Like an auto accident wrapped in a plane crash

This afternoon’s game broadcast was run by the Rockies FSN people, but it was a game being broadcast, so I’m not going to complain…well, not too much…

Ryan Rowland-Smith took the hill for the Mariners today, with a battery of older (Mike Sweeney) and way younger (everyone else) guys behind him. His first bump in the road was giving up a double to Eric Young Jr, who is ridiculously fast. Young was also the first run in the game shortly thereafter. The Ms tried to make up for it in the second half of the first inning – Eric Byrnes accomplished a single, followed by a Ryan Garko single that sent Byrnes past second to collide with the Rockies’ second baseman, then scramble back to the bag, where he was declared safe. Mike Sweeney struck out swinging after receiving much praise from the announcers regarding his some 0.700+ BA, and Matt Tuiasosopo demonstrated some patience before finally striking out, leaving our runners stranded.

Rowland-Smith took it down a few notches in the second, getting all three of the batters he faced to fly or pop out. In our half, Ryan Langerhans flew out, Adam Moore flew out, and Josh Wilson made a valiant effort at knocking one over the wall, but it was run down in center over the warning track by a persistent Ryan Spilbourghs. Hyphen’s third inning was even rougher than the first; he gave up three hits and two runs (the second of which came on an error by Ryan-or-Matt Garko). RRS struggled through what he could of the 3rd inning, throwing a total of 66 pitches before Don Wakamatsu removed him and sent Marwin Vega in. Vega finished the inning with a Seth Smith ground out.

Mark Lowe came in for Vega in the top of the 4th, and walked Clint Barmes. Lowe threw a slider at Mike Paulk that slid right into the business end of Paulk’s bat for a single. The Rockies constructed a double steal to inch closer to home, and Eric Young Jr sacrificed Barmes in. Carlos Gonzalez sent a double bouncing off the back wall that Eric Byrnes was unable to turn into a play, sending Paulk in. With two more runners on (I can’t remember the other, but it doesn’t matter), Lowe hit Jason Giambi in the toe, loading the bases. It took me about 15 minutes or so to collect the information for this paragraph as the game was going on. I was actually going to say that it was just the top of the 4th inning again, because it was such a long time since I first typed it out – that is how slow things went. Lowe was asked to please sit down and recharge his sideburns, and some guy named Steve Bray was brought in. Steve Bray looks kind of like my friend Toby, without the crazy skater haircut. Toby always wanted to be a musician, and he amassed a lot of gear, but after we eventually lost touch, I never heard anything about him doing anything with or in the music world. Unlike my friend Toby, Bray actually accomplished what he set out to do. Like my friend Toby, it didn’t count for much.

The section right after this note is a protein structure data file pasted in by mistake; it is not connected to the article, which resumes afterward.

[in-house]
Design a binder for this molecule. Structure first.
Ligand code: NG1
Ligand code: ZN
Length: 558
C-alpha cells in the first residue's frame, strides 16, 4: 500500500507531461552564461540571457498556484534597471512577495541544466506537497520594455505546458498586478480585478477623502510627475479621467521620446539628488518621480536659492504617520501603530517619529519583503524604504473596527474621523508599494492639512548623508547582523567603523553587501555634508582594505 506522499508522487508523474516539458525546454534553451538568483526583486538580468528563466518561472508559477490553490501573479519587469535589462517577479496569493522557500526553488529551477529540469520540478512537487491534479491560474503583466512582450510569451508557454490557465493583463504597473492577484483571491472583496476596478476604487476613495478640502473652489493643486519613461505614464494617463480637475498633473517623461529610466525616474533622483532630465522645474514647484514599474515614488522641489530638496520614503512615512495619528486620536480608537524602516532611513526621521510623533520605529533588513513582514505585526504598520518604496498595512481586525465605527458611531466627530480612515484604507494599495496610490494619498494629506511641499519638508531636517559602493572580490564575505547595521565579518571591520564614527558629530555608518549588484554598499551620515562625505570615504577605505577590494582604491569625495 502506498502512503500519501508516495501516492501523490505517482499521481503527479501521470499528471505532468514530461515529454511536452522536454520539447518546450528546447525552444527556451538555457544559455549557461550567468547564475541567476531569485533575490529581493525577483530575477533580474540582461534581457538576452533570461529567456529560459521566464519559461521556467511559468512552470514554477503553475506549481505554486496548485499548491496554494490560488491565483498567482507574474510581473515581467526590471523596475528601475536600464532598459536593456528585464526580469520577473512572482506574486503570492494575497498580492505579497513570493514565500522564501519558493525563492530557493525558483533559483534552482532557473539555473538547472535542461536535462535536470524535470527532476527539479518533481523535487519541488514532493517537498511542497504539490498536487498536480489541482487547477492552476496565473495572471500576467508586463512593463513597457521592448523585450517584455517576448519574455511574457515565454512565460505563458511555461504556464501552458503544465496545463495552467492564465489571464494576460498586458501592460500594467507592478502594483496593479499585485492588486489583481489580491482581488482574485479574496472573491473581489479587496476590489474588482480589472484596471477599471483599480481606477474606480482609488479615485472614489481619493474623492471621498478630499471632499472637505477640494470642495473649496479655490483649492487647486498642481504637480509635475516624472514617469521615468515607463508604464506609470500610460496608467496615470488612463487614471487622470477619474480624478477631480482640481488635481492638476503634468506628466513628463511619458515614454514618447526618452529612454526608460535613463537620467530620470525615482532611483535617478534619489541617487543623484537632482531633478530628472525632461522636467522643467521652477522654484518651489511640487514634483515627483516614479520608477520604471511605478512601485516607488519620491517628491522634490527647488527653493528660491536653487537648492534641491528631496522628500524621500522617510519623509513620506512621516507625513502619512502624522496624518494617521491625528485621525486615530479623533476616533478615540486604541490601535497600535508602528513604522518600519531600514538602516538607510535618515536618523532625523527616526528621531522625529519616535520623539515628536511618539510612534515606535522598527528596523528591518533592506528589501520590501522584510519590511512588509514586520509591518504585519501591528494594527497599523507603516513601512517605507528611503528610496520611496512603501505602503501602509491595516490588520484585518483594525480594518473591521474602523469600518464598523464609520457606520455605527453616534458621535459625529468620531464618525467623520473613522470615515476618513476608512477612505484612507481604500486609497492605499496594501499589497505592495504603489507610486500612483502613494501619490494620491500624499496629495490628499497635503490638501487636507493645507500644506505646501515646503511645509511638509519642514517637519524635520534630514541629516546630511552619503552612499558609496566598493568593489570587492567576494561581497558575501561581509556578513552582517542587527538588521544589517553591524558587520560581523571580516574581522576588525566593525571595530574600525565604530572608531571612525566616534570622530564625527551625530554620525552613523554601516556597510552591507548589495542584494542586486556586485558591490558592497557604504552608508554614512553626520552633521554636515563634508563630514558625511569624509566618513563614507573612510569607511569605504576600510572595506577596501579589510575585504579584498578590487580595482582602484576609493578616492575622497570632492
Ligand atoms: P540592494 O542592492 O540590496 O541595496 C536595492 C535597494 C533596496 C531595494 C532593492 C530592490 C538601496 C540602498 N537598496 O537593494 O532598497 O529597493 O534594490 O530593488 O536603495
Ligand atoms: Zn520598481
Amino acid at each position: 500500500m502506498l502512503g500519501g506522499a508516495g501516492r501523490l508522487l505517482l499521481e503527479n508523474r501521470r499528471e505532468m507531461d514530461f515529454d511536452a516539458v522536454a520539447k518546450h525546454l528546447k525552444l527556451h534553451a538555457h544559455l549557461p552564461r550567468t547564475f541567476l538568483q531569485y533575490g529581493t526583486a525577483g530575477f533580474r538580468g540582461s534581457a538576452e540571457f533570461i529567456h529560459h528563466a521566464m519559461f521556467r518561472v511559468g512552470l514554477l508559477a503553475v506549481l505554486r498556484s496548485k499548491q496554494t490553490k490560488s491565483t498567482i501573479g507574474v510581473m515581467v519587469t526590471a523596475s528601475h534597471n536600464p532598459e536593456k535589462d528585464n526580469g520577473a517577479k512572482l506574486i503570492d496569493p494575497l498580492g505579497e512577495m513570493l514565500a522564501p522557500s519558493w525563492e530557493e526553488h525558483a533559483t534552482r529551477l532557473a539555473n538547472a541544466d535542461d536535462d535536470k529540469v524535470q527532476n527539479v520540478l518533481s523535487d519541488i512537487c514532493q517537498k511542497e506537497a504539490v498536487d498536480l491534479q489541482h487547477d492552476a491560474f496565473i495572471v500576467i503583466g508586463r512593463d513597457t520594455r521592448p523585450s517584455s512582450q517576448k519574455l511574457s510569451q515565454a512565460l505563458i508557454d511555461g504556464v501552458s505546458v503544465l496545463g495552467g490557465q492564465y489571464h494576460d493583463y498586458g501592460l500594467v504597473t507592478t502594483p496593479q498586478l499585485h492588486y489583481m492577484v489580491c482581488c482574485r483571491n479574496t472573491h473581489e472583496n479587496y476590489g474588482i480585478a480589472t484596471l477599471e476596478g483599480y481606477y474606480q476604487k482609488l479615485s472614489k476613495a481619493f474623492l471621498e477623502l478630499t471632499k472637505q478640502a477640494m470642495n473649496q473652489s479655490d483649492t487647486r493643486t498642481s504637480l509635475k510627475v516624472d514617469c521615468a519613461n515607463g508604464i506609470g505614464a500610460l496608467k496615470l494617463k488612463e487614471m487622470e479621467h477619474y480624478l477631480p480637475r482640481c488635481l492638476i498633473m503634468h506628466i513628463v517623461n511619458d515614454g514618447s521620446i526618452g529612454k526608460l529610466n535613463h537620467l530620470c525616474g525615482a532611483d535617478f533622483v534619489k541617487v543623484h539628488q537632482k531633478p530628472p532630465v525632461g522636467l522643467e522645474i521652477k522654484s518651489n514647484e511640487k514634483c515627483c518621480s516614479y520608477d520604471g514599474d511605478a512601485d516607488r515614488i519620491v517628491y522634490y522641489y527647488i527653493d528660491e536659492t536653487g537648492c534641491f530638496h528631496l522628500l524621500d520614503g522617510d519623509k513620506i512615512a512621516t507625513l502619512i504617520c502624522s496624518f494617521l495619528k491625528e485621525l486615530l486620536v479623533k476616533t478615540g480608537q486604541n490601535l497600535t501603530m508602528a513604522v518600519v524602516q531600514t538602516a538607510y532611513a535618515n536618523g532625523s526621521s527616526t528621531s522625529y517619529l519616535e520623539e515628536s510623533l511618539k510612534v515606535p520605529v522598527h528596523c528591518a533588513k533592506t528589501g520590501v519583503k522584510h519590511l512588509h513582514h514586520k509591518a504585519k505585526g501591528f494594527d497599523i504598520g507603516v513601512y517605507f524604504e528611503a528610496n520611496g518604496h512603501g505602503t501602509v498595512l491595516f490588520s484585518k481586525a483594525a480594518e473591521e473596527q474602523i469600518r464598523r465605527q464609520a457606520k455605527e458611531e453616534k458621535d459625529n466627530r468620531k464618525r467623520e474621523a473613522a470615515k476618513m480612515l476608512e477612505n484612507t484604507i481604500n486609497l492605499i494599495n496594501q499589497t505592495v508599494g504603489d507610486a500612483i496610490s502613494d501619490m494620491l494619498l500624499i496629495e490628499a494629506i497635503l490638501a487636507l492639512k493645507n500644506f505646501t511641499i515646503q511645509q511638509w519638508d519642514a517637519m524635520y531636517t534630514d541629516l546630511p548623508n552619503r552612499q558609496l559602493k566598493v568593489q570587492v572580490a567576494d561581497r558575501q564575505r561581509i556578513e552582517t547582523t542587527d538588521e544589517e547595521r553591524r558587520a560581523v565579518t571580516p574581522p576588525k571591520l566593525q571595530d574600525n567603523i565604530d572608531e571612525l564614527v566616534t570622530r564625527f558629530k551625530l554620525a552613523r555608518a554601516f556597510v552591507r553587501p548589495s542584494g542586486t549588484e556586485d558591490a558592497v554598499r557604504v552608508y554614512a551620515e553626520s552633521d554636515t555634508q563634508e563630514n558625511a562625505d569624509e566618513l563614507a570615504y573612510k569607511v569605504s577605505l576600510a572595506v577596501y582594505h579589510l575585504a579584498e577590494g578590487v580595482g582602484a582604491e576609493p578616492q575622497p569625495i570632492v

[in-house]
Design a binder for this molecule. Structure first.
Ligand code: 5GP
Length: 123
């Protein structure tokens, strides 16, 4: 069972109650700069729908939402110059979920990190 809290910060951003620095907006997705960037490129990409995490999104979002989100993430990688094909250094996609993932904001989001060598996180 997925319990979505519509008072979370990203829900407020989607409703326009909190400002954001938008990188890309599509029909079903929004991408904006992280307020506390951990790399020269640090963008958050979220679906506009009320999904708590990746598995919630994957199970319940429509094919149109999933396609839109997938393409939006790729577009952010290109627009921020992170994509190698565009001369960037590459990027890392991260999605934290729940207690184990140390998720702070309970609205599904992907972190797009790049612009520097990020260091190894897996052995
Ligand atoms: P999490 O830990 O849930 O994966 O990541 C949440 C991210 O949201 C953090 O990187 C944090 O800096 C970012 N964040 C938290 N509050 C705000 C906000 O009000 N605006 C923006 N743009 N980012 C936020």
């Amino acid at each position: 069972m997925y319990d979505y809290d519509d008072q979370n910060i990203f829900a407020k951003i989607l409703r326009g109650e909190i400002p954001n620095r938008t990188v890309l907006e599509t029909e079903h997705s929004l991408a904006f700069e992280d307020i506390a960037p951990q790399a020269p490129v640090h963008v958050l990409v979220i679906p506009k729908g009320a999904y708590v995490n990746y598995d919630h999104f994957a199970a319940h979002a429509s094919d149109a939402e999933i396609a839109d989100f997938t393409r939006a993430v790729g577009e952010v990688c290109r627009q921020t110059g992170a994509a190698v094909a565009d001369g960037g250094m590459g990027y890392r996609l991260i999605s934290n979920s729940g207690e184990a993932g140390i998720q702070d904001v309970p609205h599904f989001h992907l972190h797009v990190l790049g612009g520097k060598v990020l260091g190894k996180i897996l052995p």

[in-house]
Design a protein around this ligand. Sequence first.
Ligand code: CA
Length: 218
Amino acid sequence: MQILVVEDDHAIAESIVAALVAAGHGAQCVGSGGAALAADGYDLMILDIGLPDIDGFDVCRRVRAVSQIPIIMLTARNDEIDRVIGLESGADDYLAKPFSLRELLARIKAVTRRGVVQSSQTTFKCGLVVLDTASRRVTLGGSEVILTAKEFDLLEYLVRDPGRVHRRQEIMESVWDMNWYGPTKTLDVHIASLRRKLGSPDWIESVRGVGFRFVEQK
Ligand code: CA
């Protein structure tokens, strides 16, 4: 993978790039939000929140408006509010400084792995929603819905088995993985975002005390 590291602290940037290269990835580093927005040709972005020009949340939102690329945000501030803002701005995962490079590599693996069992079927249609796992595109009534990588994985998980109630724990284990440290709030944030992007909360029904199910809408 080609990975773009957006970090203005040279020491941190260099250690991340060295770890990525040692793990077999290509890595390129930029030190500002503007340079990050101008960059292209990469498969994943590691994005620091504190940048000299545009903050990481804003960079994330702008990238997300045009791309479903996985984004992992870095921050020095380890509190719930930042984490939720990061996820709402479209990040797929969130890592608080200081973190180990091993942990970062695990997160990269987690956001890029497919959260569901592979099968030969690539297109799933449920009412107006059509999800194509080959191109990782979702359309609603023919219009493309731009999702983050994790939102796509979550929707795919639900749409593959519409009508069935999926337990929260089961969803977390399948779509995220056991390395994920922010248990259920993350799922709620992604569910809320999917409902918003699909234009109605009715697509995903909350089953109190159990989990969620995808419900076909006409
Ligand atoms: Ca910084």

Rockies starter Jason Hammel was still in the game by the bottom of the 4th. He struck out Ryan Garko, then dealt to Mike Sweeney, who smacked a standup triple that went glancing at an odd angle off the back wall (and might have been a double if it hadn’t). Matt Tuiasosopo struck out swinging, and as Hammel dealt to Ryan Langerhans, a wild pitch sent Sweeney home to put us on the board. Steve Bray remained in the game for us into the 5th inning, and plowed through all three Rockies he had to face. Hammel returned the favor in the bottom of that one.

Sean White came in to replace Steve Bray in the top of the 6th inning and managed to get Jonathan Herrera to pop out, Young Jr to strike out, and Carlos Gonzalez to ground out (yay, pitching). Matt Daley replaced Hammel in our offensive half of the 6th, and took all the Mariners to school; and I have to be honest, it was around this time that the game became very difficult to pay much attention to. I’m trying to ignore it, but I think that the recent Bill James revelations coupled with both our major and minor league squads getting their asses handed to them on plates has taken a little of the wind out of my sails. Also, needing to use a stuttering GameDay because practice jerseys don’t often feature players’ names on the back coupled with my lingering lack of familiarity with the National League made an already annoying game more annoying. If we could just get on with Actual Baseball, that’d be spiffy.

With the Mariners still trailing 5-1 by the top of the 9th and David Pauley still pitching, Jay Payton (both players ex-Orioles, apparently) nabbed a double, then tagged and took third with Eider Torres’ help on a sacrifice fly. I can appreciate wanting to hone your playing skills for the season, but at this point, it’s just adding insult to injury. Pauley walked Matt Miller, then Chris Ianetta slapped a single, sending Payton home, score 6-1. More insults. Cole Garner hit a triple, sending both runners on base home, score 8-1.  I see an insulting trend here. Pauley was left in because at that point, why bother taking him out? Kenny Perez took a chunk out of a Pauley pitch and almost Pauley himself, “sacrificing” (really?) the hit to drive in Garner. Mike Paulk grounded out to end the top 9th.

Eric Byrnes shot a double off Juan Rincon, and Rincon and his catcher had a mound conference with Mike Carp up to bat, as if Carp was going to eat his way into the score at all. Rincon then walked Carp with nobody out. Then Chris Woodward lined one out to first, where it was easily caught by Paulk. Matt Tuiasosopo took a chunk out of the first pitch he got, roping one out past second and sending Byrnes’ pinch runner Maximo Mendez home.  Ryan Langerhans, 0 for 3, went 0 for 4 on a pitch that looked mysteriously outside. Guillermo Quiroz flew out to deep center, and why did I bother with this today.

Come ooooon Real Baseball!

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